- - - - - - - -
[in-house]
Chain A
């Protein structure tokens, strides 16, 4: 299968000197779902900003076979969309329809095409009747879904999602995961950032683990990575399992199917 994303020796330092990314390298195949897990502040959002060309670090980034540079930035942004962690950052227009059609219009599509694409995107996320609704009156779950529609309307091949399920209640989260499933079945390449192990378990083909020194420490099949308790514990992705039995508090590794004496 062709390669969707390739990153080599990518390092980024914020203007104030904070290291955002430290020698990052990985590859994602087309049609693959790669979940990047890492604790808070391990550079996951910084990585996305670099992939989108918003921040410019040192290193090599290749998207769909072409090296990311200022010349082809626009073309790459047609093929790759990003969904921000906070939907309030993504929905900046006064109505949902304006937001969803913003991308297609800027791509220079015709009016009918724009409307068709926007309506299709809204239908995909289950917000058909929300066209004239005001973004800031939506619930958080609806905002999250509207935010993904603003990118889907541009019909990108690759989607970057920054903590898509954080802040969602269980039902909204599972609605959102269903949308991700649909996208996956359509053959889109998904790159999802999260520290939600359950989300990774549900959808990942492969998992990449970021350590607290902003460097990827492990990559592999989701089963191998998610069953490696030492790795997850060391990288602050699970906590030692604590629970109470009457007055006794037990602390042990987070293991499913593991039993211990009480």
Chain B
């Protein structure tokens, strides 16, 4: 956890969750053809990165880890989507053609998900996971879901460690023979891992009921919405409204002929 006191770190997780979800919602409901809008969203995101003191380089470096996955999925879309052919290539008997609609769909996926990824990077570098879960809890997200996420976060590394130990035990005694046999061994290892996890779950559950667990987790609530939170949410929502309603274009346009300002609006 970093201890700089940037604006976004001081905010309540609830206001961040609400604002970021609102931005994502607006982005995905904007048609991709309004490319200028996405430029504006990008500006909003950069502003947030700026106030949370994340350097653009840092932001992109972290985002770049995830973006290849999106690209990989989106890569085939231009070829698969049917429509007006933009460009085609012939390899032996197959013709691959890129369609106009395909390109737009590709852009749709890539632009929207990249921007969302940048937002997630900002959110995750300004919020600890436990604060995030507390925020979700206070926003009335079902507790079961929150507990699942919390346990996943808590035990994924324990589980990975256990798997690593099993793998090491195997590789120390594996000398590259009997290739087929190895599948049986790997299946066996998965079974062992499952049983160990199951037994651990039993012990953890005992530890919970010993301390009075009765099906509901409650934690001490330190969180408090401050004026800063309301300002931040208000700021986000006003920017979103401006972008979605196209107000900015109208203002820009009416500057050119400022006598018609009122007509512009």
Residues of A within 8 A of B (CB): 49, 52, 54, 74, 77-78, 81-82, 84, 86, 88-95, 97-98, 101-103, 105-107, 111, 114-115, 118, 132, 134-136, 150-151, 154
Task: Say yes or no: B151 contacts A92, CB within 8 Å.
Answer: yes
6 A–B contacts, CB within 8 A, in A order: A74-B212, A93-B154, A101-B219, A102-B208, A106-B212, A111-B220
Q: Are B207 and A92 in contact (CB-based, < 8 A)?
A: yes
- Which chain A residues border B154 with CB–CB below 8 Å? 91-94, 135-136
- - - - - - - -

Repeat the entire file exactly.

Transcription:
[in-house]
Chain A
């Protein structure tokens, strides 16, 4: 299968000197779902900003076979969309329809095409009747879904999602995961950032683990990575399992199917 994303020796330092990314390298195949897990502040959002060309670090980034540079930035942004962690950052227009059609219009599509694409995107996320609704009156779950529609309307091949399920209640989260499933079945390449192990378990083909020194420490099949308790514990992705039995508090590794004496 062709390669969707390739990153080599990518390092980024914020203007104030904070290291955002430290020698990052990985590859994602087309049609693959790669979940990047890492604790808070391990550079996951910084990585996305670099992939989108918003921040410019040192290193090599290749998207769909072409090296990311200022010349082809626009073309790459047609093929790759990003969904921000906070939907309030993504929905900046006064109505949902304006937001969803913003991308297609800027791509220079015709009016009918724009409307068709926007309506299709809204239908995909289950917000058909929300066209004239005001973004800031939506619930958080609806905002999250509207935010993904603003990118889907541009019909990108690759989607970057920054903590898509954080802040969602269980039902909204599972609605959102269903949308991700649909996208996956359509053959889109998904790159999802999260520290939600359950989300990774549900959808990942492969998992990449970021350590607290902003460097990827492990990559592999989701089963191998998610069953490696030492790795997850060391990288602050699970906590030692604590629970109470009457007055006794037990602390042990987070293991499913593991039993211990009480």
Chain B
């Protein structure tokens, strides 16, 4: 956890969750053809990165880890989507053609998900996971879901460690023979891992009921919405409204002929 006191770190997780979800919602409901809008969203995101003191380089470096996955999925879309052919290539008997609609769909996926990824990077570098879960809890997200996420976060590394130990035990005694046999061994290892996890779950559950667990987790609530939170949410929502309603274009346009300002609006 970093201890700089940037604006976004001081905010309540609830206001961040609400604002970021609102931005994502607006982005995905904007048609991709309004490319200028996405430029504006990008500006909003950069502003947030700026106030949370994340350097653009840092932001992109972290985002770049995830973006290849999106690209990989989106890569085939231009070829698969049917429509007006933009460009085609012939390899032996197959013709691959890129369609106009395909390109737009590709852009749709890539632009929207990249921007969302940048937002997630900002959110995750300004919020600890436990604060995030507390925020979700206070926003009335079902507790079961929150507990699942919390346990996943808590035990994924324990589980990975256990798997690593099993793998090491195997590789120390594996000398590259009997290739087929190895599948049986790997299946066996998965079974062992499952049983160990199951037994651990039993012990953890005992530890919970010993301390009075009765099906509901409650934690001490330190969180408090401050004026800063309301300002931040208000700021986000006003920017979103401006972008979605196209107000900015109208203002820009009416500057050119400022006598018609009122007509512009």
Residues of A within 8 A of B (CB): 49, 52, 54, 74, 77-78, 81-82, 84, 86, 88-95, 97-98, 101-103, 105-107, 111, 114-115, 118, 132, 134-136, 150-151, 154
Task: Say yes or no: B151 contacts A92, CB within 8 Å.
Answer: yes
6 A–B contacts, CB within 8 A, in A order: A74-B212, A93-B154, A101-B219, A102-B208, A106-B212, A111-B220
Q: Are B207 and A92 in contact (CB-based, < 8 A)?
A: yes
- Which chain A residues border B154 with CB–CB below 8 Å? 91-94, 135-136